MONTROSE, Calif. – Ancient Resource Auctions’ online-only Summer Antiquities Discovery Sale on Saturday, Sept. 7, is packed with over 375 lots of authentic antiquities from Roman, Greek, Egyptian, Near Eastern and Pre-Columbian cultures, as well as other interesting items. Bid absentee or live online through LiveAuctioneers.
The auction will start at 9 a.m. Pacific time/noon Eastern.
“We’re offering a fabulous selection of antiquities from a wide array of cultures,” said Gabriel Vandervort of Ancient Resource Auctions. “In addition to that, we’re also offering a fine selection of antique and ancient replica pieces. Collectors will scoop up wonderful pieces at really great prices.”
A rare Egyptian bronze figure of a bolti fish (above) from the Late Period (circa 664-332 B.C.), with a prominent dorsal fin, mounted on a custom black wood base, will make a wonderful conversation starter for someone’s collection. The details marking the scales, fins and eyes are nicely incised. The 2½-inch-long fish (above) boasts an attractive green/brown patina, with red flecks.
One lot certain to draw attention is the attractive Etruscan bronze figure of Herakles (circa third-second century B.C.), 4½ inches tall and mounted on an old wood base. The figure (below) is depicted standing nude wearing a wreath, his right hand raised overhead holding a club, a lion’s skin draped around his left arm. The facial details are nicely preserved and the piece has an even brown patina.
An Egyptian diorite grinding palette from the Middle Kingdom (circa 2061-1690 B.C.) is a marvelous example of a noble person’s toiletry kit. About 5½ inches long and 3 inches wide, the item has a central recessed area for grinding powders, bordered by an incised cartouche. A small, grooved ‘spout’ extends beyond the end of one side. The piece rests on a rectangular flat base.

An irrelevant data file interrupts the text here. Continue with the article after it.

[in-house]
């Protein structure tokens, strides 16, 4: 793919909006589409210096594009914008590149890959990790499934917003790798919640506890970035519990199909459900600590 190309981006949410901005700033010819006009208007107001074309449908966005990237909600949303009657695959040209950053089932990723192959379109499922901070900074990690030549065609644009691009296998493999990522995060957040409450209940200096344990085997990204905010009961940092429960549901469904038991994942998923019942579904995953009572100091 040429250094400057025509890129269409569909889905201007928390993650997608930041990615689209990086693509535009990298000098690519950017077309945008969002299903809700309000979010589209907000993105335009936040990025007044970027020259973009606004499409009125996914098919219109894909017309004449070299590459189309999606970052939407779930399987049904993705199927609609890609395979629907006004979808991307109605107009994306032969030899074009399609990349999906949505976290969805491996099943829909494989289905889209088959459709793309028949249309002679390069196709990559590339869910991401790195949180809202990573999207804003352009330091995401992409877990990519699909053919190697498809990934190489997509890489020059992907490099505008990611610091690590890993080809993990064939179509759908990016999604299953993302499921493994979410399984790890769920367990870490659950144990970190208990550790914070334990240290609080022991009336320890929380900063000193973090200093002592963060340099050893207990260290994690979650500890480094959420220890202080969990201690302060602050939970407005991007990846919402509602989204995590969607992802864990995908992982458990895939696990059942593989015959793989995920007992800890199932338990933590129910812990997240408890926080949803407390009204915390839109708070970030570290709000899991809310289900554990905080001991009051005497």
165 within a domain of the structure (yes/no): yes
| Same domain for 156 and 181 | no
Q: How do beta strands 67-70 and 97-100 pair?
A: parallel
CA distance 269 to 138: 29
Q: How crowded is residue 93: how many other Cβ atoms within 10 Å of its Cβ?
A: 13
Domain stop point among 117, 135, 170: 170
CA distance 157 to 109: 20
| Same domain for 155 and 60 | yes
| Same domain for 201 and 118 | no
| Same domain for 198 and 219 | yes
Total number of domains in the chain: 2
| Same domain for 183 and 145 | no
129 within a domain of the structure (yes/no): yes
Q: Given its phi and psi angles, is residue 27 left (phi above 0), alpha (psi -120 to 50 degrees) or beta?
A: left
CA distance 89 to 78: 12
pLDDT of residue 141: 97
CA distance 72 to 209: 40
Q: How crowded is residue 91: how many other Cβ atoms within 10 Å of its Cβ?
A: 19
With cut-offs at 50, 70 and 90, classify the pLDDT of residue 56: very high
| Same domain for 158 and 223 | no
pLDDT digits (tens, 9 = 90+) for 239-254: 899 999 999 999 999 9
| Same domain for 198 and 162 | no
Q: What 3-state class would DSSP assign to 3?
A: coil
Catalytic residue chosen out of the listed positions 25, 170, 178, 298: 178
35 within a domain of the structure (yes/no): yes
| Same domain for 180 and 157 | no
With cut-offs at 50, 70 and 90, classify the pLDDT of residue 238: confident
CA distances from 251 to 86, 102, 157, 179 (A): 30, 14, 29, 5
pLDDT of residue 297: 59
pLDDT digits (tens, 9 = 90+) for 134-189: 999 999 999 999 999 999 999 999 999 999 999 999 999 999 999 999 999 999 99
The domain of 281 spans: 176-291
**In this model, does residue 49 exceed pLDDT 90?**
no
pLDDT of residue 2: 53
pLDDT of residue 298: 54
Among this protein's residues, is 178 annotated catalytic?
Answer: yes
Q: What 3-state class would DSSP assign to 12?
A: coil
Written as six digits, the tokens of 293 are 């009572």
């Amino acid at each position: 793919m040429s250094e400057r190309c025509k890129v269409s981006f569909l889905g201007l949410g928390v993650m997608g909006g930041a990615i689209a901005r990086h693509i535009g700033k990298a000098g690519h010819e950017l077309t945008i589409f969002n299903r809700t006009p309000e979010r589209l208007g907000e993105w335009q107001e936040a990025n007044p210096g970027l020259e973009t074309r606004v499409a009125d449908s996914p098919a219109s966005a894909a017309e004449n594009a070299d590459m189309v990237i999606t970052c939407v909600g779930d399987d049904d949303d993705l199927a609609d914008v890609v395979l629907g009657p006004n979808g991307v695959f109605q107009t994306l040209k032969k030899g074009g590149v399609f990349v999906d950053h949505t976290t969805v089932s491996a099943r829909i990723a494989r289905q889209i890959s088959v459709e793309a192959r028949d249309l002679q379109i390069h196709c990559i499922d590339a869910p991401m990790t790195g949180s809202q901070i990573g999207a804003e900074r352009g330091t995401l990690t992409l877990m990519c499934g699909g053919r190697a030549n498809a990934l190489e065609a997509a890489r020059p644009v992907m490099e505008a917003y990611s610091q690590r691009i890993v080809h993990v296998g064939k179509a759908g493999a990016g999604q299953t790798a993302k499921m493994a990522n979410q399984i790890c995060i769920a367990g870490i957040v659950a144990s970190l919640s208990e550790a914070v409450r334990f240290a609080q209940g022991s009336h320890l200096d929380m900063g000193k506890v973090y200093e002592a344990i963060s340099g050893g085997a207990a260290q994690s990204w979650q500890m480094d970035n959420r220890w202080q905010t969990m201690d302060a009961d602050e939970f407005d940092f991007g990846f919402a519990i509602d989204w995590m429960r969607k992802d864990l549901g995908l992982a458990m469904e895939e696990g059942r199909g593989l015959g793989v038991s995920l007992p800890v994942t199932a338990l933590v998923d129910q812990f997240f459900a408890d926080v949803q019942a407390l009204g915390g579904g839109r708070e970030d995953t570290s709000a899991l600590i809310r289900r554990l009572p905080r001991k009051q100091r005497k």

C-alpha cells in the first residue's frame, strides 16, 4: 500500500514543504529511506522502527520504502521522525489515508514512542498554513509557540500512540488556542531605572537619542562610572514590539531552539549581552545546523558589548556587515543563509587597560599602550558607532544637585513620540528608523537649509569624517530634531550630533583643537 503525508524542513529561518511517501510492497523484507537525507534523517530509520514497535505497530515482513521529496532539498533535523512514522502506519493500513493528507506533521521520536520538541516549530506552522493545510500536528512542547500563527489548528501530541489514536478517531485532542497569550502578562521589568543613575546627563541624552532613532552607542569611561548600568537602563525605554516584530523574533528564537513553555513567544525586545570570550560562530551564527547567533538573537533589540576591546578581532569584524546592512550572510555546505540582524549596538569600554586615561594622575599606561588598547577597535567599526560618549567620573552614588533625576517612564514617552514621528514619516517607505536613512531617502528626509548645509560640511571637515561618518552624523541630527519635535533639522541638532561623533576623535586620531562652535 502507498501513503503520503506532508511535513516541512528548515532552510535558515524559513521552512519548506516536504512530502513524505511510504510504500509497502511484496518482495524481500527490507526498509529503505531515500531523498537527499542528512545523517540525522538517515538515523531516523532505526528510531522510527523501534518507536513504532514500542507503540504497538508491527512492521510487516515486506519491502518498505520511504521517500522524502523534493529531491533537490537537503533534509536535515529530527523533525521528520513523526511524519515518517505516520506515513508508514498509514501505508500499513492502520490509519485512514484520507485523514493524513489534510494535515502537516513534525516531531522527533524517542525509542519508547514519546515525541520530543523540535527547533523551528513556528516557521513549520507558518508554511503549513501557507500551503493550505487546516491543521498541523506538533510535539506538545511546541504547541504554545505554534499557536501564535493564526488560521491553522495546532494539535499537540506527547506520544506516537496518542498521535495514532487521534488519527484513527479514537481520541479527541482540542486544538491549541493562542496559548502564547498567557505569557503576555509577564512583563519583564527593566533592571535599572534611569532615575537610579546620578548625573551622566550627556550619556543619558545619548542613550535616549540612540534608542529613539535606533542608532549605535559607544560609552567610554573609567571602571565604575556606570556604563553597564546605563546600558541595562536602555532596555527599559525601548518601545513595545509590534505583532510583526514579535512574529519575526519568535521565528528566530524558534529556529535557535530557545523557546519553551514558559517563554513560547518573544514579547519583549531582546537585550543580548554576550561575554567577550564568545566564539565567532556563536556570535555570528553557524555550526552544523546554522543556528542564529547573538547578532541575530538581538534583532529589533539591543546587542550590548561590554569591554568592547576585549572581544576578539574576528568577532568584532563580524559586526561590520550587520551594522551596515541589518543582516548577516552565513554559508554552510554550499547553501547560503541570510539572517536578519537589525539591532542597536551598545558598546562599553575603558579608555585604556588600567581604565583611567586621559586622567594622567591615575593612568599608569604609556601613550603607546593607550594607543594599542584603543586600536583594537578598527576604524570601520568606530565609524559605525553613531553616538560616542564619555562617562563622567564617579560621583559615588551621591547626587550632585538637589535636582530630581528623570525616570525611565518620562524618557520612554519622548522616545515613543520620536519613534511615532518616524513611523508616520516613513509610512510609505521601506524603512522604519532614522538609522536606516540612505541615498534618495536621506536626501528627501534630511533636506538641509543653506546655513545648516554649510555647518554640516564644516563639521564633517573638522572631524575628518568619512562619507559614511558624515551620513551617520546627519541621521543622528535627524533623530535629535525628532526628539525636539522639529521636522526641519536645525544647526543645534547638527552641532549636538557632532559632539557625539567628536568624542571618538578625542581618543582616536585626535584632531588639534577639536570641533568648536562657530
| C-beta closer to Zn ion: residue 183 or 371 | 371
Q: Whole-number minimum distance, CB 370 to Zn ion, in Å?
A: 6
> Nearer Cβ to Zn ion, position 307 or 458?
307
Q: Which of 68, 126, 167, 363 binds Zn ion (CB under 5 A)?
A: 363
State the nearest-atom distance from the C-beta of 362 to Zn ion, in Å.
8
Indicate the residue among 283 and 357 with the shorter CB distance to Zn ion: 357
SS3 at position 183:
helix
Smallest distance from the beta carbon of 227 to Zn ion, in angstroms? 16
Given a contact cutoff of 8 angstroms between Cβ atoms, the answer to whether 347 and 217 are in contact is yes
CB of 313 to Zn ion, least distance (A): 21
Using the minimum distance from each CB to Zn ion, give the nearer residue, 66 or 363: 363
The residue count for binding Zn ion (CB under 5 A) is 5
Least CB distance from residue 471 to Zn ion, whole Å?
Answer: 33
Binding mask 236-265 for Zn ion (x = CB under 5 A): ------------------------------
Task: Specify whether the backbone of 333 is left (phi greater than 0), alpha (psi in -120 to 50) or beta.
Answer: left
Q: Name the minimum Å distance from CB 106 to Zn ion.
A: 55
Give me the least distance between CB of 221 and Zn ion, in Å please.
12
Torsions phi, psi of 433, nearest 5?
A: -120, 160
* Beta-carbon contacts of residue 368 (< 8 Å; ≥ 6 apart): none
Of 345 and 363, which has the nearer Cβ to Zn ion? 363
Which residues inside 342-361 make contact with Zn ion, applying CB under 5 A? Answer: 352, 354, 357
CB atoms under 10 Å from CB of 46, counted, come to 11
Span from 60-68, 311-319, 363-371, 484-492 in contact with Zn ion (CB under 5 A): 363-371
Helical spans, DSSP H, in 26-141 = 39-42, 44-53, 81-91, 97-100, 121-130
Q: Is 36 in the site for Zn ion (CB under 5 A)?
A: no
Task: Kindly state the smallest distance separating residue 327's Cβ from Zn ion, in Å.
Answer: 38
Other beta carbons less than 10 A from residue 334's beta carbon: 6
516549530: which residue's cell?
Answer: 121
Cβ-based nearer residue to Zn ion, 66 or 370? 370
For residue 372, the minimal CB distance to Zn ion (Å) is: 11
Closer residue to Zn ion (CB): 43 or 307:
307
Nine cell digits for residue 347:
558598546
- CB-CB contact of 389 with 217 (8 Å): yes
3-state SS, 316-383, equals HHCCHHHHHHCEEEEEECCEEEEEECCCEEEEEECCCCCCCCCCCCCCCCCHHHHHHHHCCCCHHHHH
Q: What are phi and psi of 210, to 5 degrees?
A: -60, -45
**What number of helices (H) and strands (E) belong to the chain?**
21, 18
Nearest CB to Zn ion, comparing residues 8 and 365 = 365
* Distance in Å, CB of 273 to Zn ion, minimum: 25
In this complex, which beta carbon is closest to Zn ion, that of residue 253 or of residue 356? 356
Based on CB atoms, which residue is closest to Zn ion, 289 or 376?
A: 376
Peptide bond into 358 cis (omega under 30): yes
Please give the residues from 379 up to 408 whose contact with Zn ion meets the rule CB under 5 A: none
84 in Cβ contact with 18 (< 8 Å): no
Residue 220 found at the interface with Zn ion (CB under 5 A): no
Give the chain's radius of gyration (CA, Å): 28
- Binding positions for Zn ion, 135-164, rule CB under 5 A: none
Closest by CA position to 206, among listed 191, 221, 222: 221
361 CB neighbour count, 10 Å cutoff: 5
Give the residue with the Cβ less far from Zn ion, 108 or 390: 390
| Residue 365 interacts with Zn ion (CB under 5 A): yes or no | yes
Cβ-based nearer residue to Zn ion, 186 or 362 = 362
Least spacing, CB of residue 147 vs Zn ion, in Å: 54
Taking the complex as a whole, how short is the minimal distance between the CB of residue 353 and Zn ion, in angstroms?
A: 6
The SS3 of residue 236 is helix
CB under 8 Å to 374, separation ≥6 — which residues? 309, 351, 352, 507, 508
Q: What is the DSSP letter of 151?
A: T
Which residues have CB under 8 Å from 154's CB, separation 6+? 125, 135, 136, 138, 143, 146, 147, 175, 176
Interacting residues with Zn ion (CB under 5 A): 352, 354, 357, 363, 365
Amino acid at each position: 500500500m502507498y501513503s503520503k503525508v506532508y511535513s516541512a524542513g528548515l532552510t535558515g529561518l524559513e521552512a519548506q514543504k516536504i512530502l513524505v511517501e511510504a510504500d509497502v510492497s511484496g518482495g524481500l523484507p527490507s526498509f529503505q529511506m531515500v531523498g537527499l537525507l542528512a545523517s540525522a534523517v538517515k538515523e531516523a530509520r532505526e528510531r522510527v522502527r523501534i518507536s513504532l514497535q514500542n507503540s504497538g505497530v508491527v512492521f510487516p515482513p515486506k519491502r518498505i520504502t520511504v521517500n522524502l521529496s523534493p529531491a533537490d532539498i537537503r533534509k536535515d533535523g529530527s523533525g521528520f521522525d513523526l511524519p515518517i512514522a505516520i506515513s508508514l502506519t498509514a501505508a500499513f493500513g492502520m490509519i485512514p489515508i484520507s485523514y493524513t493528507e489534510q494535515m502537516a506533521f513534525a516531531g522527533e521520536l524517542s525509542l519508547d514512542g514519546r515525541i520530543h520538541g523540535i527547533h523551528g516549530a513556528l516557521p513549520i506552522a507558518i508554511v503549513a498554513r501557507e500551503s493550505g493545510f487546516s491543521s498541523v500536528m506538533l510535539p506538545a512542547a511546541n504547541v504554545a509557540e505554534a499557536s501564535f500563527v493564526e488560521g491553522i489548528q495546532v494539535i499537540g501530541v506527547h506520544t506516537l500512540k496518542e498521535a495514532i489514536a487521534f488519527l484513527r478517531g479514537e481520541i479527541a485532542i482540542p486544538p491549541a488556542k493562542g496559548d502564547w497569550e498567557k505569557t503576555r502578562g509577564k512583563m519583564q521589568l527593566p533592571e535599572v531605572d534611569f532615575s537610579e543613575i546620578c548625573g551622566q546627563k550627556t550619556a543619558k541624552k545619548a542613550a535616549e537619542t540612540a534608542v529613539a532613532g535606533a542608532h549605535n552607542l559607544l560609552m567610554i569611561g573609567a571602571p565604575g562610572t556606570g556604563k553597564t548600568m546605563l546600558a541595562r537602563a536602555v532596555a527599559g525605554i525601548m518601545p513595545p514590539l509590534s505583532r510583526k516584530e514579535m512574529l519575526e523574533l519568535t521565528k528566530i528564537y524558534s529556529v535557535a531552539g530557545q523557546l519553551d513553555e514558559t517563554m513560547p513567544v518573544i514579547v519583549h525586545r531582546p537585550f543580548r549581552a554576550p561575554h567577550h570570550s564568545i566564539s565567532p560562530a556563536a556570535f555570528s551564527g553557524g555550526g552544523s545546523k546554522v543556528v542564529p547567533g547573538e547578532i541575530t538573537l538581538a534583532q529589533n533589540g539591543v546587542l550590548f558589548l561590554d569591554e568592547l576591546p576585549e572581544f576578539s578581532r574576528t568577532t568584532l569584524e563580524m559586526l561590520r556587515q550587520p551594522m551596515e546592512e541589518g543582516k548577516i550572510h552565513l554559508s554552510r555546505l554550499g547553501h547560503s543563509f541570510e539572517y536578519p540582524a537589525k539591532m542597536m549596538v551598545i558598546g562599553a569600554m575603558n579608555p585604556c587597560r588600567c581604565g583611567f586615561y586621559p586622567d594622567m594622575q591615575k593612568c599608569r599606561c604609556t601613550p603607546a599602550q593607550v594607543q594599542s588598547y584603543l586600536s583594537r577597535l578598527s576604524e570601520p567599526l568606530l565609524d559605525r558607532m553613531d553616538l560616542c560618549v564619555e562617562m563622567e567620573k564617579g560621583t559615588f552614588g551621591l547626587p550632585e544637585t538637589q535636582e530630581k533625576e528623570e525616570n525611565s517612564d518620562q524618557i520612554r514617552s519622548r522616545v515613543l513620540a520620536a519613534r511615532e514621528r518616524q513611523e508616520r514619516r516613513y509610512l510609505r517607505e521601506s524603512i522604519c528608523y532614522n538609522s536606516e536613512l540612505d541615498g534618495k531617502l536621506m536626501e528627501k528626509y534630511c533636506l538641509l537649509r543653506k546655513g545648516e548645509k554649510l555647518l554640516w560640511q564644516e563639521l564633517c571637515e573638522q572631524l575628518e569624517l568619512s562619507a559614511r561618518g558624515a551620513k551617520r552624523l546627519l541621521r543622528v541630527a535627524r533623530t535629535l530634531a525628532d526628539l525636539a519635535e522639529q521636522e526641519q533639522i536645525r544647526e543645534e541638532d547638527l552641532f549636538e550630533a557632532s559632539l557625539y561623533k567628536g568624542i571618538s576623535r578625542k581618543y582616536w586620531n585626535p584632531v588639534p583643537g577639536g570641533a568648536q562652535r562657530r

A beautiful Egyptian banded alabaster alabastron, also from the Late Period, comes from the estate of Seward Kennedy, a former lawyer for Mobil Corp. who acquired pieces for his collection during decades of travel. The ovoid body with two vestigial lug handles is nicely carved from horizontally carved banded alabaster.
A large Chimu silver pectoral (circa 1100-1450 A.D.) consists of 32 pieces: 10 rings and 22 figural forms, each made of silver. They were perforated for suspension (or attachment) to the mantel of an elite individual. The pieces are attached to a heavy black fabric measuring 22½ inches by 16 inches, with extra textile for easy framing.
A Taino bird and frog cohoba pestle, circa 1000-1500 A.D., is made from andesite and quite heavy. The bird likely represents the woodpecker deity Inriri, who was credited with introducing women to a sexual encounter. It is accompanied by Tona, a frog ally implying fertility. The pestle was used to crush cohoba and lime, creating a hallucinogenic snuff used by the Taino elite.
A Japanese blue and white porcelain washbasin from the early-to-mid 20th century is one of the more visually arresting pieces up for bid. Impressive at 18¼ inches in diameter, it features an exquisitely painted dragon on the tondo, the outside decorated with floral elements, alternating with bordered geometricized flowers. Six Japanese characters are in a linear circle on the bottom.
Also for sale is an Etruscan terra-cotta votive foot from the third or fourth century B.C. It’s life-sized (10 inches long) on an integral base and well-preserved with light deposits.
To inquire about consigning one piece or an entire collection, call 818-425-9633 or send an e-mail to email@example.com. All inquiries are confidential.